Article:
Each team member is an action movie cliché from the massive African-America bruiser, the snarky MI6 operative, the wildcard Japanese freedom fighter and the sultry and soft spoken Chinese specialist sniper to name a few. Special mention goes to Cain, the French heavy-duty robotic gunslinger with awesome Pepe Le Pew accent and Wild West attire who constantly praises your magnificence. He was an immediate addition to my squad and I wholeheartedly urge you to make him a regular to yours.
As fun as the combat was, there were some ‘brain-fart’ moments that defied explanation. One particularly at the beginning of Chapter Three, during a chase scene with robotic hordes swarming around you in the air or in turreted chase vehicles, you have a robotic driver who must have his AI set to retarded as he manages to smash into every single barricade along the way with each skid disrupting and restarting the longest reloading animation in the history of gaming.
It is so brutally cheap it was baffling, particularly skidding on an open road with absolutely nothing in your way, merely to artificially increase the difficulty. I reckon I could pretty much manually reload a musket in real-life riding a wave-runner through Sydney Harbour mid-hurricane with greater ease. It took away any rhythm or flow making an on-rails section that should have been fist-bumpingly awesome ever so humdrum.
That said, there were many sequences where they absolutely nailed it, including a truly epic boss battle against a monolithic snake-headed, motorcycle-riding construct that took more punishment than all of Hollywood during a Ricky Gervais lead Golden Globe Awards opening. On the whole the boss battles were of the classic old-school variety, both challenging and extremely satisfying with the perfect level of beatable frustration.
After the end credits rolled on by I was genuinely shocked that I was still thinking about the core concepts of Binary Domain. What does it mean to be human? How do you define life and sentience? Can machines truly live? Usually if I get a sniff of games that try to pose these larger questions and dabble in morality and the nature of existence I head for the hills screaming. I’m much more comfortable giggling maniacally as I’m shooting stuff in the face, but something about Binary Domain stays with you. Maybe it’s the B-Grade movie styled wrapping that lulled me into a false sense of security and caught me unawares. Regardless, it was an unforeseen byproduct of this run-and-gun shooter and an unexpected bonus.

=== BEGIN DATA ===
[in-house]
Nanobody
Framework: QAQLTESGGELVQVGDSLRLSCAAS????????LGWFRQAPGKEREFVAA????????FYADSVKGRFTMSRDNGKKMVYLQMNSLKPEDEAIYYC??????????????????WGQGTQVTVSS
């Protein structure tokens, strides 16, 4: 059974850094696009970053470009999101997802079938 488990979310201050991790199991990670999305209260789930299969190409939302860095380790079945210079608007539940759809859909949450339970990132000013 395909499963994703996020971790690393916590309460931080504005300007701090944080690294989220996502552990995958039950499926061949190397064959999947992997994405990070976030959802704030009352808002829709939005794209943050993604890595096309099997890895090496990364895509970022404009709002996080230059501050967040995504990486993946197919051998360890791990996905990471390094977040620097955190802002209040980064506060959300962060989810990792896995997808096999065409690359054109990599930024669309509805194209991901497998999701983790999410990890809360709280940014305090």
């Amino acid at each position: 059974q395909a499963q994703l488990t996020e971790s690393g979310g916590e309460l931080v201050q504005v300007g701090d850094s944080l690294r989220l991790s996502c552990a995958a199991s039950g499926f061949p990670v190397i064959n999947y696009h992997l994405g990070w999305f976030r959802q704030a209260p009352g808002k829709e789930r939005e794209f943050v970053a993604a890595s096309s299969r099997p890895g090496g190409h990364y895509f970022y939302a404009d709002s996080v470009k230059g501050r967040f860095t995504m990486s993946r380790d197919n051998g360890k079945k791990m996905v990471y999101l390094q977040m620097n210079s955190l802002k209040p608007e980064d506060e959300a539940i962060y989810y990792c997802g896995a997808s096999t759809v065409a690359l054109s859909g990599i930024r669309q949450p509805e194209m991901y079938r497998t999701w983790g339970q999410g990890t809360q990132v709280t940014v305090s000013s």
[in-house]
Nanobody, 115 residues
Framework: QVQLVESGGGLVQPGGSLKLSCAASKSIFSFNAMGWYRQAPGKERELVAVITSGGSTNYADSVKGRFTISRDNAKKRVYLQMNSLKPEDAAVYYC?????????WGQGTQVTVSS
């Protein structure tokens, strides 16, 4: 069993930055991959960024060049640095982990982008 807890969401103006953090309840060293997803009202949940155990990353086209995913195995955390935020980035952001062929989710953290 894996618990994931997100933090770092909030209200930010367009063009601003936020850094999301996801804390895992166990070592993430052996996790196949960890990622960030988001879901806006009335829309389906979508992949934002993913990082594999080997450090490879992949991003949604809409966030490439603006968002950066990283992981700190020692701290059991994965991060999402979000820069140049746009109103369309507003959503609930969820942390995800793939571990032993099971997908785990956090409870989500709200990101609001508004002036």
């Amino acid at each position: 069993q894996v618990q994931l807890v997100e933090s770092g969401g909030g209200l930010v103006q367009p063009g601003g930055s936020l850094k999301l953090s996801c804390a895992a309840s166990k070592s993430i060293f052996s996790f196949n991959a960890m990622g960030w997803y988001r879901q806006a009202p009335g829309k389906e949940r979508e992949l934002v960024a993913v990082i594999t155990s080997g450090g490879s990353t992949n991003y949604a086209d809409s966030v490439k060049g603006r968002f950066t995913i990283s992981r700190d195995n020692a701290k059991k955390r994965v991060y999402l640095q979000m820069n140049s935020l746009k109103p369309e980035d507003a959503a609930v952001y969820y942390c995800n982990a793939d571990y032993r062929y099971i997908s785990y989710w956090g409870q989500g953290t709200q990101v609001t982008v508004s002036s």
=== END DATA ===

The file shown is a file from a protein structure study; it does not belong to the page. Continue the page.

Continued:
While the pretty much stock standard multiplayer (CTP, KoTH, TDM etc) and survival/horde modes handle quite well with class options mirroring the talents of your in-game cohorts the omission of co-operative campaign play is a huge oversight. I get that it was all about molding your team into a high-morale kickarse unit and focusing on “oo-rah America” lead Dan Marshall, but even slotting in one other player could have raised Binary Domain several notches up the points scale. It’s a blast and a half on your own and any title that much fun demands a co-op buddy to delight in the carnage and share in the balls to the wall action.
It’s rare that a title sneaks right up on you and offers intense visceral gunplay, an intriguing consequence system and poses philosophical questions that leave you pondering the possibilities once you put down the controller. Binary Domain manages to juggle these aspects rather well, not outstandingly or brilliantly, but compellingly enough that I found it hard to walk away and was determined to see it through to the end in as few sittings as possible. Take a chance and give this bad boy a go. You might just be as pleasantly surprised as I was.